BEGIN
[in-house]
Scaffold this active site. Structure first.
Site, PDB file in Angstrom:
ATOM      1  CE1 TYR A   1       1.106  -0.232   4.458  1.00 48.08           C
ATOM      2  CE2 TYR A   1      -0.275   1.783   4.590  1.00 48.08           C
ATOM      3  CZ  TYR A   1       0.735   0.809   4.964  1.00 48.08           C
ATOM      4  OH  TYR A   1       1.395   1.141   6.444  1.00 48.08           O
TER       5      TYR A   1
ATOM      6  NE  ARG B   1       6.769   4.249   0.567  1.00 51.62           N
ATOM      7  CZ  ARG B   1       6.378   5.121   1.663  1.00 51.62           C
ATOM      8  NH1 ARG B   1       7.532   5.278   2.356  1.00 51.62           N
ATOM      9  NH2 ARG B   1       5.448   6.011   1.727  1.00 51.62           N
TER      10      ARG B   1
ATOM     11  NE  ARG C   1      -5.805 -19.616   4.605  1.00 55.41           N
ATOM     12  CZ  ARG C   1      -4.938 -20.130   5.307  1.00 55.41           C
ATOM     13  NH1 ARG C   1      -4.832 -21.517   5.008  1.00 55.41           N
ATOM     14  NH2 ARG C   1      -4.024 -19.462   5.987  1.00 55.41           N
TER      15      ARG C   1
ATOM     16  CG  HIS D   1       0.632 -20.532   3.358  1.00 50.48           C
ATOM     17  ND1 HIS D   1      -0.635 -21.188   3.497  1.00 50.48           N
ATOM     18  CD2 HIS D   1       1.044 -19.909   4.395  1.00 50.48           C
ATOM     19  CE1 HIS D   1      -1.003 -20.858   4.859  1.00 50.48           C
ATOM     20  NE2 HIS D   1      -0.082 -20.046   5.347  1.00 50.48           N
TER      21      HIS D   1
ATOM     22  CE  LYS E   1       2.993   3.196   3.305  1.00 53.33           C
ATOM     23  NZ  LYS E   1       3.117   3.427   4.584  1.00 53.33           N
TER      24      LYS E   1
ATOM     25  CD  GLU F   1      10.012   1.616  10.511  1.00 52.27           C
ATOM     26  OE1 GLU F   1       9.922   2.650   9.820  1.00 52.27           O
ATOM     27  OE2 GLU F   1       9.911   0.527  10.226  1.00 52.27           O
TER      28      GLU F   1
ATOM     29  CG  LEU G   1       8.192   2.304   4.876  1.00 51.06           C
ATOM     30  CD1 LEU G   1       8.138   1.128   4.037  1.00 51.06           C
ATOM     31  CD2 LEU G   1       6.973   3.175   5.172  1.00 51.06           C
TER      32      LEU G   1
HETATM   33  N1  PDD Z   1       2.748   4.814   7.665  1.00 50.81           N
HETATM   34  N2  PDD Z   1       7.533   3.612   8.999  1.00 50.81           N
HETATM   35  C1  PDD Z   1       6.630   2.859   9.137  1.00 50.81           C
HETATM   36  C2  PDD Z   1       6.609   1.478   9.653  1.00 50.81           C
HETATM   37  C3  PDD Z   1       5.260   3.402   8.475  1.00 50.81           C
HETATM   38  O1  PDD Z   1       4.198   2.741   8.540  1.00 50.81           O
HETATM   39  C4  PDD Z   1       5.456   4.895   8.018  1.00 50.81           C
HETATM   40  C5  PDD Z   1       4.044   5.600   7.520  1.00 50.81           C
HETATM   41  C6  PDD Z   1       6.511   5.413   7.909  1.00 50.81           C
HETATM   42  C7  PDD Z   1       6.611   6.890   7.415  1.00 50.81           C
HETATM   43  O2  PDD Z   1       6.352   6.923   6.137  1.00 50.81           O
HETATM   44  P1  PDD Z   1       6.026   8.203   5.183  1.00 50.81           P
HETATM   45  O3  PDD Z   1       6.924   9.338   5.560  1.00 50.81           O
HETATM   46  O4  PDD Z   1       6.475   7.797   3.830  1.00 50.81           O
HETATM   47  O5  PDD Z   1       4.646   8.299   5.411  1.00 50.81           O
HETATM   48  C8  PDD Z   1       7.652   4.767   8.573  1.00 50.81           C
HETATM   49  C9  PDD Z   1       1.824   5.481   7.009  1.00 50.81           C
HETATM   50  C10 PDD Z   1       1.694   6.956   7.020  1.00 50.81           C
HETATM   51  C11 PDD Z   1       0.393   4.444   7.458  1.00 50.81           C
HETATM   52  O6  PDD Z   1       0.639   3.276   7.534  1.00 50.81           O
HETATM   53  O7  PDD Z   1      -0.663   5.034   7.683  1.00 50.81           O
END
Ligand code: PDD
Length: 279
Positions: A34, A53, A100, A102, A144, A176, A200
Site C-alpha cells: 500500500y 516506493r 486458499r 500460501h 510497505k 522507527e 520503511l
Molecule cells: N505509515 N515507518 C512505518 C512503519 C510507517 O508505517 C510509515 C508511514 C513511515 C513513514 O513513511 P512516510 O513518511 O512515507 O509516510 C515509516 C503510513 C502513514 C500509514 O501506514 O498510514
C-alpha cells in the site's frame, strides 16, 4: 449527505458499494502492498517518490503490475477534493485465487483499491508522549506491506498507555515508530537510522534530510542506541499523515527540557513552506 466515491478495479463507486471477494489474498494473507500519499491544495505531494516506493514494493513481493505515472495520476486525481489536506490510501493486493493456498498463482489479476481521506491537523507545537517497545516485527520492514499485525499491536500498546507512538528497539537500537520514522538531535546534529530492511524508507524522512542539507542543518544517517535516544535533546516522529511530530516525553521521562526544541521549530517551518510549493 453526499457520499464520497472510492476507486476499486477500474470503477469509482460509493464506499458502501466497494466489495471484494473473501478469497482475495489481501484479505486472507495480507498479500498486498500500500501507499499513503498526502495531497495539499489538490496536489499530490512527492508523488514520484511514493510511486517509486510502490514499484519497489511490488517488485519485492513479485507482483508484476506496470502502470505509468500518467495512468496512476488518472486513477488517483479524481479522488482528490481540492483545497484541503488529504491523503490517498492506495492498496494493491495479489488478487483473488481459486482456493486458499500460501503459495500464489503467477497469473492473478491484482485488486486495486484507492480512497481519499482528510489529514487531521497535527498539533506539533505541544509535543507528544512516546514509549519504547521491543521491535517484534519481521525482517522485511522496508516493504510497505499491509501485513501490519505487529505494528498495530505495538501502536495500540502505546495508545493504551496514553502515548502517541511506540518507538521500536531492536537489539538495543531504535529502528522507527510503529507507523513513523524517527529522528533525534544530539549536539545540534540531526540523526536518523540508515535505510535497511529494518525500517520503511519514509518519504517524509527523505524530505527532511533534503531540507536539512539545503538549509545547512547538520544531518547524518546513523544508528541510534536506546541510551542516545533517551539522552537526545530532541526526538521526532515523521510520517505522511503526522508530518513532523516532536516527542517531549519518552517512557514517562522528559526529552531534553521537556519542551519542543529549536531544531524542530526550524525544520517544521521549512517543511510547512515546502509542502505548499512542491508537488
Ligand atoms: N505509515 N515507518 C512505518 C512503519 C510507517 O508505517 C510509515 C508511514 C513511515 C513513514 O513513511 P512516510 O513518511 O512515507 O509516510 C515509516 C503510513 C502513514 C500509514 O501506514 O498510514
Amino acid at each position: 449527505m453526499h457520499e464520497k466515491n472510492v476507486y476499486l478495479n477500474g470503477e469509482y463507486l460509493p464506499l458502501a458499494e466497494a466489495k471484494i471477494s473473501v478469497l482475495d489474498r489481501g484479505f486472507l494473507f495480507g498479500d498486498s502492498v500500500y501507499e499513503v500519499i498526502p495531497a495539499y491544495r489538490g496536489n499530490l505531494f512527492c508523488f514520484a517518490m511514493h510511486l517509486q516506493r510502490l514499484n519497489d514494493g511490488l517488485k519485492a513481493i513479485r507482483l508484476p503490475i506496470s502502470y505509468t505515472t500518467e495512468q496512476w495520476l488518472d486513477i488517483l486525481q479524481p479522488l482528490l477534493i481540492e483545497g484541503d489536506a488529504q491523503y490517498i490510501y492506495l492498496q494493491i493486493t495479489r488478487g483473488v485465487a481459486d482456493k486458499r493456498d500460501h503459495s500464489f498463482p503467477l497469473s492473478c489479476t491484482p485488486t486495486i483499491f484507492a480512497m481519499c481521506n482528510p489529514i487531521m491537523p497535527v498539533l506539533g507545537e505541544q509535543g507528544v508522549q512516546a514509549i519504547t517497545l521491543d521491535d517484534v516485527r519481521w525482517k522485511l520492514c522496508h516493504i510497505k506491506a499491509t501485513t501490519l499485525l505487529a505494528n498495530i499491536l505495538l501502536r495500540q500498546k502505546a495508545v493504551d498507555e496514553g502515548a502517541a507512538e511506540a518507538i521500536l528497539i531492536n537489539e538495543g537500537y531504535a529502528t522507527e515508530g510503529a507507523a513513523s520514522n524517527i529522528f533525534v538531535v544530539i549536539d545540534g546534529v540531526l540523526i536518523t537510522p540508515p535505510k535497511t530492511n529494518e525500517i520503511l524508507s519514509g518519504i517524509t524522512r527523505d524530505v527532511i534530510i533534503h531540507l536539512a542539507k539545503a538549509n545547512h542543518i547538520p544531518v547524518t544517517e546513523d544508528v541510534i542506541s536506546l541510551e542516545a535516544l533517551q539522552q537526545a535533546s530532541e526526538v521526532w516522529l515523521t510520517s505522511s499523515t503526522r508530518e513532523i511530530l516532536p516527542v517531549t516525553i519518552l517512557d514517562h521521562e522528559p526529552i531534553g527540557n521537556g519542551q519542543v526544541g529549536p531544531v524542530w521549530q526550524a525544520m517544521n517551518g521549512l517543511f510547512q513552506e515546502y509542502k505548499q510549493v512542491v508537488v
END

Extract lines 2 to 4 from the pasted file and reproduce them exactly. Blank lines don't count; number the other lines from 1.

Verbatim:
Scaffold this active site. Structure first.
Site, PDB file in Angstrom:
ATOM      1  CE1 TYR A   1       1.106  -0.232   4.458  1.00 48.08           C